Polaprezinc is composed of zinc and L-carnocin. In Japan, it has been used to treat gastric ulcers in general clinical practice since 1994. The medicine we used in this study was Promac granules, 1.0 g/day. Promac contains 150 mg of polaprezinc per gram and also contains D-mannitol, cornstarch, calmerose calcium, polyvinyl pyrrolidone K, and aminoalkylacrylate polymer E as additives. Promac was administered orally twice a day, after breakfast and after dinner, to a total of 1.0 g. Therefore, the daily administration of zinc was 33.9 mg. In this study, we compared the long-term outcome between the Promac (polaprezinc) administration group and the untreated group. The results showed that, in the polaprezinc administration group, the average serum zinc concentrations had increased by 9.8% three years after the treatment started compared to the level before the start of treatment. However, in the untreated group, the serum zinc concentrations had decreased by approximately 5% compared to the level at the commencement of therapy. There were fifteen cases (46.9%) in the polaprezinc administration group whose serum zinc concentrations increased, significantly more than in the untreated group, in which there was only one case (3.3%). On the contrary, the patients whose serum zinc concentrations decreased numbered only five (15.6%) in the polaprezinc administration group but 15 (50%) in the untreated group. Therefore, it was confirmed that the serum zinc concentrations increased following the administration of polaprezinc, even in patients with C-viral CH or LC.
In this study, polaprezinc was administered at a fixed amount, regardless of the height and/or weight of the patient. When the changes in serum zinc concentrations were compared according to the daily dose of zinc administered per kg body weight, the number of patients who became zinc responders was significantly higher in the group of patients of lower weight (data not shown). Therefore, it suggested that there were cases in which administration of the daily dose of 150 mg polaprezinc was insufficient. In fact, in the group that was administered a daily dose of zinc below 0.6 mg/kg, the serum zinc concentrations increased slightly immediately after the start of administration, but after that a tendency to decrease was observed. However, in the group that was administered a daily dose of zinc above 0.6 mg/kg, the serum zinc concentrations increased gradually after the start of administration and exceeded the levels in the group administered a daily dose of zinc less than 0.6 mg/kg. Therefore, when polaprezinc is used clinically, attention must be paid to the individual’s body weight.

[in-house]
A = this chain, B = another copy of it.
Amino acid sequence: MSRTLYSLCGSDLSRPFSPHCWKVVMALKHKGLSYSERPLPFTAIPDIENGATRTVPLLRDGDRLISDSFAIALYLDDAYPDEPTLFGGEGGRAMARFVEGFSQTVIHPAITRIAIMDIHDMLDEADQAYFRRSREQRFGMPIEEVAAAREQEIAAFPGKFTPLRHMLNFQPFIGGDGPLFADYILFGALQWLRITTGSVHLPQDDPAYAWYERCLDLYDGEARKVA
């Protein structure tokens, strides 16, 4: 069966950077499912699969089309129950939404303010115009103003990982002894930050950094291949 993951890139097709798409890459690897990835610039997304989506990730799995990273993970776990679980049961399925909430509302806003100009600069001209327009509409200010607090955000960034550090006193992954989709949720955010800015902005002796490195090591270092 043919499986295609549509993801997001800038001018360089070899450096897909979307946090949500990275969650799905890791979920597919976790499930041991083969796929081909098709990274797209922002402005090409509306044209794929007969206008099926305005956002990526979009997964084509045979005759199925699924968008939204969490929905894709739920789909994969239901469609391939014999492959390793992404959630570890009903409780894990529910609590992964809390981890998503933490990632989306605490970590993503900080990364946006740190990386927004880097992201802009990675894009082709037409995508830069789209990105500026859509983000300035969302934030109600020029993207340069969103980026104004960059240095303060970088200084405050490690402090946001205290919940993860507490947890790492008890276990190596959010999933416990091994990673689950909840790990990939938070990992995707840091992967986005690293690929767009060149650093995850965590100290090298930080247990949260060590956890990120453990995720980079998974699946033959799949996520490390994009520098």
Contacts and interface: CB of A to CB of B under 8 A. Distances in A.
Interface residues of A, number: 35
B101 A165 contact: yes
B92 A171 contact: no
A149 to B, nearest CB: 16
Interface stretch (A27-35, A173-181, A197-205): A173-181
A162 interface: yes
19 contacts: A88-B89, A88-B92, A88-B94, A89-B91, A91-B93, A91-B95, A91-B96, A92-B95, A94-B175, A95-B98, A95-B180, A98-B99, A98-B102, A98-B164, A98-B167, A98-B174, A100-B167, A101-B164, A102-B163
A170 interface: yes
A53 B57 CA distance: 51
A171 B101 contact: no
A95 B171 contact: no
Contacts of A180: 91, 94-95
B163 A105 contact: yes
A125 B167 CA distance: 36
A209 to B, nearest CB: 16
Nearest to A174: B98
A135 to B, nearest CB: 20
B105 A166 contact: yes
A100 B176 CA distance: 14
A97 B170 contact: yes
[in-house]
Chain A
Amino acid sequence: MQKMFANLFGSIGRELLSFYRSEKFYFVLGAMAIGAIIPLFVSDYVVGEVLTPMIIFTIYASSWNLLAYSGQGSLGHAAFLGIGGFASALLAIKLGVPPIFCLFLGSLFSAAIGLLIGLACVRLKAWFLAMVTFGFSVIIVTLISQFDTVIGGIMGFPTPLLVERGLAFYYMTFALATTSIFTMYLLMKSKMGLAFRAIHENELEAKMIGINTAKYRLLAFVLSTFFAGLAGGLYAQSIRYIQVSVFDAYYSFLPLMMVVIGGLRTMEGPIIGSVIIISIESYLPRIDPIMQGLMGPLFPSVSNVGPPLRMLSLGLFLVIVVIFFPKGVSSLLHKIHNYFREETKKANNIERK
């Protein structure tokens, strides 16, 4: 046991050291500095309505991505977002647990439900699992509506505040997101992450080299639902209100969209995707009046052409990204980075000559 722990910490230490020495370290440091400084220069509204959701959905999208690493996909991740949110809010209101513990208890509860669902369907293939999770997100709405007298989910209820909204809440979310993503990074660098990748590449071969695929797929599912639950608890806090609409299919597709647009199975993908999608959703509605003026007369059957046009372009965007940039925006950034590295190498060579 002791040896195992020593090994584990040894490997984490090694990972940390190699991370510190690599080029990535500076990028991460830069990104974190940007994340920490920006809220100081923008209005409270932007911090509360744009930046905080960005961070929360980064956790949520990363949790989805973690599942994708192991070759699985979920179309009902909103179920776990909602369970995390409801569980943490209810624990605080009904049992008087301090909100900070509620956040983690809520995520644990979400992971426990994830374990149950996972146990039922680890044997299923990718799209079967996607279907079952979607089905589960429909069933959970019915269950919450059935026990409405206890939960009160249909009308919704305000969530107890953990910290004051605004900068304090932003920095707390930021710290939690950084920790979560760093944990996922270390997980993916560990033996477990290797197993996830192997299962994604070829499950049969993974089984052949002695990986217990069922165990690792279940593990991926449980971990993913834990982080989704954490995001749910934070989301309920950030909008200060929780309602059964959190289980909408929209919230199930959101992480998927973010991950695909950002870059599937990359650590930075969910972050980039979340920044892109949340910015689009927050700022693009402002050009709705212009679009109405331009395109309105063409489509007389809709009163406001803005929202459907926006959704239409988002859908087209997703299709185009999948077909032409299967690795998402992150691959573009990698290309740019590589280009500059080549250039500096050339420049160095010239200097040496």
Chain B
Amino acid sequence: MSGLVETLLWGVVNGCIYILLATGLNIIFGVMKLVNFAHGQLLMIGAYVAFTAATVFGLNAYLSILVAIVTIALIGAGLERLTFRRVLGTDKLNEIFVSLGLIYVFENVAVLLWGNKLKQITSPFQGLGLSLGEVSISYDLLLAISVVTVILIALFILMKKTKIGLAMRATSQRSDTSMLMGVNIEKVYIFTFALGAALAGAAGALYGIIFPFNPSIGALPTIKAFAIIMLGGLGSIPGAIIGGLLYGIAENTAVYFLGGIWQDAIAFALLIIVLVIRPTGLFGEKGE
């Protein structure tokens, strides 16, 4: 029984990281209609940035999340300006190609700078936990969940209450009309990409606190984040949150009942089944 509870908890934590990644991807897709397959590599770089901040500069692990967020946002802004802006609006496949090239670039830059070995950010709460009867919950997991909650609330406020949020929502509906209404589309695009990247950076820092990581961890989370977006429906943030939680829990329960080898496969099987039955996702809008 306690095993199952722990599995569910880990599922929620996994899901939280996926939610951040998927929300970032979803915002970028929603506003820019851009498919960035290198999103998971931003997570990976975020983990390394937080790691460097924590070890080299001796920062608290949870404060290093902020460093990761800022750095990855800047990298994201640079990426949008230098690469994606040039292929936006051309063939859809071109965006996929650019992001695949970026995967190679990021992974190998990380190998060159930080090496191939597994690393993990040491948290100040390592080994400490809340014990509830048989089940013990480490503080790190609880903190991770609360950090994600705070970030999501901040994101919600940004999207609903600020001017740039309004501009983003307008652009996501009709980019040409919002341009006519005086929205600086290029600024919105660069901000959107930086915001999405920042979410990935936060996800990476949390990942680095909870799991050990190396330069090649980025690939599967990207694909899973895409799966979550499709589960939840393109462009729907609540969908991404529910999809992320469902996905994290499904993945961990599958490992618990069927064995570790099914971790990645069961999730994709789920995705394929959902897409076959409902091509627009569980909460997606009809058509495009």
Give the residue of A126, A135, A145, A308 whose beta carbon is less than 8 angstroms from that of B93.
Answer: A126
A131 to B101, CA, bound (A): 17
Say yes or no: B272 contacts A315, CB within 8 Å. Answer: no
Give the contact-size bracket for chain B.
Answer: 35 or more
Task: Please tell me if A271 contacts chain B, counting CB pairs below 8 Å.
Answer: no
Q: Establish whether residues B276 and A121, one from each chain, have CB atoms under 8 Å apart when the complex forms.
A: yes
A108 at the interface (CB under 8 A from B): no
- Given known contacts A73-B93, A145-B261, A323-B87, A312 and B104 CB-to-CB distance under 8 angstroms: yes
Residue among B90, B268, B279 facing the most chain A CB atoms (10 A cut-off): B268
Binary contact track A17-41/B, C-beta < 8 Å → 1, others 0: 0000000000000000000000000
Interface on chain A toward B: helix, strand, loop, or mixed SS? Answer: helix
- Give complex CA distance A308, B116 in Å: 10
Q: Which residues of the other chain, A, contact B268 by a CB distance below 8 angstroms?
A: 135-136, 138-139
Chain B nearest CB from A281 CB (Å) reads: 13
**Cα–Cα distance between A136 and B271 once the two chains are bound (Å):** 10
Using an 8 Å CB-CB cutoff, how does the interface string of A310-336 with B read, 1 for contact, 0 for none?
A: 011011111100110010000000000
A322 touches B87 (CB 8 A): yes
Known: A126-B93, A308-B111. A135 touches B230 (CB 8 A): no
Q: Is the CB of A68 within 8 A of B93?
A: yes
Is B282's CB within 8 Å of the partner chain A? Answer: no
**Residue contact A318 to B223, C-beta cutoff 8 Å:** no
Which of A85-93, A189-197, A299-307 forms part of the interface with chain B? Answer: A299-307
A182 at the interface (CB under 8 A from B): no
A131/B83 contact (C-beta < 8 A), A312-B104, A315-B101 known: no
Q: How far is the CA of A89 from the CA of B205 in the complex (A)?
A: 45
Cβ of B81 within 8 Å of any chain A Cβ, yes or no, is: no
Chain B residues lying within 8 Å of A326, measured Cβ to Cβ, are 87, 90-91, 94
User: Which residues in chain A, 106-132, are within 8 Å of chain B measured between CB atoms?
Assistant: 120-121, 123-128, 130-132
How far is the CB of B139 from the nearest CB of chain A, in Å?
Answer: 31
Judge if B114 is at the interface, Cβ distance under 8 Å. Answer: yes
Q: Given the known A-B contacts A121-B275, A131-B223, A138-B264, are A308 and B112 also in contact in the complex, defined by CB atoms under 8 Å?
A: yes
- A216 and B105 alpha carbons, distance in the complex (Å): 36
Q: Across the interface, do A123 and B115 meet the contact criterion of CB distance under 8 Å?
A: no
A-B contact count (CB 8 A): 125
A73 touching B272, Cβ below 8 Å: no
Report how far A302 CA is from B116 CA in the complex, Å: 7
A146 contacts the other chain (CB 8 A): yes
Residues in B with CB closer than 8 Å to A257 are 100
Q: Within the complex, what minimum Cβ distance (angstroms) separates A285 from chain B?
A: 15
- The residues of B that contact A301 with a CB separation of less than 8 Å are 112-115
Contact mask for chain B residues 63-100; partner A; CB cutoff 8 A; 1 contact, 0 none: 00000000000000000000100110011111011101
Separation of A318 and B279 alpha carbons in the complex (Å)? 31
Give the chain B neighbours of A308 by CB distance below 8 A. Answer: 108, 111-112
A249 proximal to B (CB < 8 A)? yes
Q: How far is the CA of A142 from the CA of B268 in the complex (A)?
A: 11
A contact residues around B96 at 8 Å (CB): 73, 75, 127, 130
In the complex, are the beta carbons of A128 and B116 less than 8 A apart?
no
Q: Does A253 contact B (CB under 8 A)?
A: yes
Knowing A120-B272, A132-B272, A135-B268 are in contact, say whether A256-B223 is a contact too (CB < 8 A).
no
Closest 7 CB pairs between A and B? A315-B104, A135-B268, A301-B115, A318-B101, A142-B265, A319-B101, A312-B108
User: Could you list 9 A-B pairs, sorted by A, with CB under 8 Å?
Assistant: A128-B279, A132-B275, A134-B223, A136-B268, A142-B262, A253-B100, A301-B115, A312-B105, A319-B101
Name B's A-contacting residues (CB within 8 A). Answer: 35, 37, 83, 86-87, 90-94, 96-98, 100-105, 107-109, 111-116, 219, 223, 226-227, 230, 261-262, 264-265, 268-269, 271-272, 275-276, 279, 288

Comparing the long-term outcomes, the polaprezinc administration group showed a clear reduction in ALT and AST levels, compared to the untreated group. Although the platelet counts decreased compared to the level at the start of administration, the reduction was clearly less than that of the untreated group. The ALT and AST levels also had a tendency to decrease in the group with increased zinc concentrations. Therefore, this prospective study confirmed that the serum zinc concentrations gradually reduced without zinc supplementation in patients with C-viral CH or LC. The serum zinc concentrations increased or remained unchanged in 84.3% of patients with C-viral chronic liver disease when zinc was administered, but 15.6% of patients showed a reduction in their zinc concentrations. It is known that serum zinc concentrations decreased in patients with liver disease in parallel with the development of disease stage because zinc absorption from the intestine decreases and the zinc content of the liver reduces due to the decrease in the number of functional hepatocytes [18